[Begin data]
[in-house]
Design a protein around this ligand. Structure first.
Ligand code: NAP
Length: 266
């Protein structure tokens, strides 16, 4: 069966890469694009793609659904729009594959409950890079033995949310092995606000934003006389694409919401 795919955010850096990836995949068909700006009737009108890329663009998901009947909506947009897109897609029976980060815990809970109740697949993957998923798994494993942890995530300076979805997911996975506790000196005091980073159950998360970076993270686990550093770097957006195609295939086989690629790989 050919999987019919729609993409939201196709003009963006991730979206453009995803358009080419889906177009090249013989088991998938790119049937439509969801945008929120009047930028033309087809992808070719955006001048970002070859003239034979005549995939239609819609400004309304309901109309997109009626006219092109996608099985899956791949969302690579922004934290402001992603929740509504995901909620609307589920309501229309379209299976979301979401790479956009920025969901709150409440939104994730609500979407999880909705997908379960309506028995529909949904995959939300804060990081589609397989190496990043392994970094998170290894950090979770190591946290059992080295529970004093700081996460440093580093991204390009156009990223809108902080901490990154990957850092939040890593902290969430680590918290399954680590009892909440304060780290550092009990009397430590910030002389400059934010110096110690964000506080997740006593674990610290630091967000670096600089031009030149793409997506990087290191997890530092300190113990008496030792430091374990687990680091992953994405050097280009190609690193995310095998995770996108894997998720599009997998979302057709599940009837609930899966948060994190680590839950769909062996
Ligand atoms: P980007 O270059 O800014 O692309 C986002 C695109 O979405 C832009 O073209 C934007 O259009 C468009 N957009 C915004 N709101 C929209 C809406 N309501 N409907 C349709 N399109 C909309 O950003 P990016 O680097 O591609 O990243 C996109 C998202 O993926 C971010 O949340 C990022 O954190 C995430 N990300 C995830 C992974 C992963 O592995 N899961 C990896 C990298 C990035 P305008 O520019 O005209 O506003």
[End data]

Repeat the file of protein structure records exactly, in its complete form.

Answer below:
[in-house]
Design a protein around this ligand. Structure first.
Ligand code: NAP
Length: 266
């Protein structure tokens, strides 16, 4: 069966890469694009793609659904729009594959409950890079033995949310092995606000934003006389694409919401 795919955010850096990836995949068909700006009737009108890329663009998901009947909506947009897109897609029976980060815990809970109740697949993957998923798994494993942890995530300076979805997911996975506790000196005091980073159950998360970076993270686990550093770097957006195609295939086989690629790989 050919999987019919729609993409939201196709003009963006991730979206453009995803358009080419889906177009090249013989088991998938790119049937439509969801945008929120009047930028033309087809992808070719955006001048970002070859003239034979005549995939239609819609400004309304309901109309997109009626006219092109996608099985899956791949969302690579922004934290402001992603929740509504995901909620609307589920309501229309379209299976979301979401790479956009920025969901709150409440939104994730609500979407999880909705997908379960309506028995529909949904995959939300804060990081589609397989190496990043392994970094998170290894950090979770190591946290059992080295529970004093700081996460440093580093991204390009156009990223809108902080901490990154990957850092939040890593902290969430680590918290399954680590009892909440304060780290550092009990009397430590910030002389400059934010110096110690964000506080997740006593674990610290630091967000670096600089031009030149793409997506990087290191997890530092300190113990008496030792430091374990687990680091992953994405050097280009190609690193995310095998995770996108894997998720599009997998979302057709599940009837609930899966948060994190680590839950769909062996
Ligand atoms: P980007 O270059 O800014 O692309 C986002 C695109 O979405 C832009 O073209 C934007 O259009 C468009 N957009 C915004 N709101 C929209 C809406 N309501 N409907 C349709 N399109 C909309 O950003 P990016 O680097 O591609 O990243 C996109 C998202 O993926 C971010 O949340 C990022 O954190 C995430 N990300 C995830 C992974 C992963 O592995 N899961 C990896 C990298 C990035 P305008 O520019 O005209 O506003």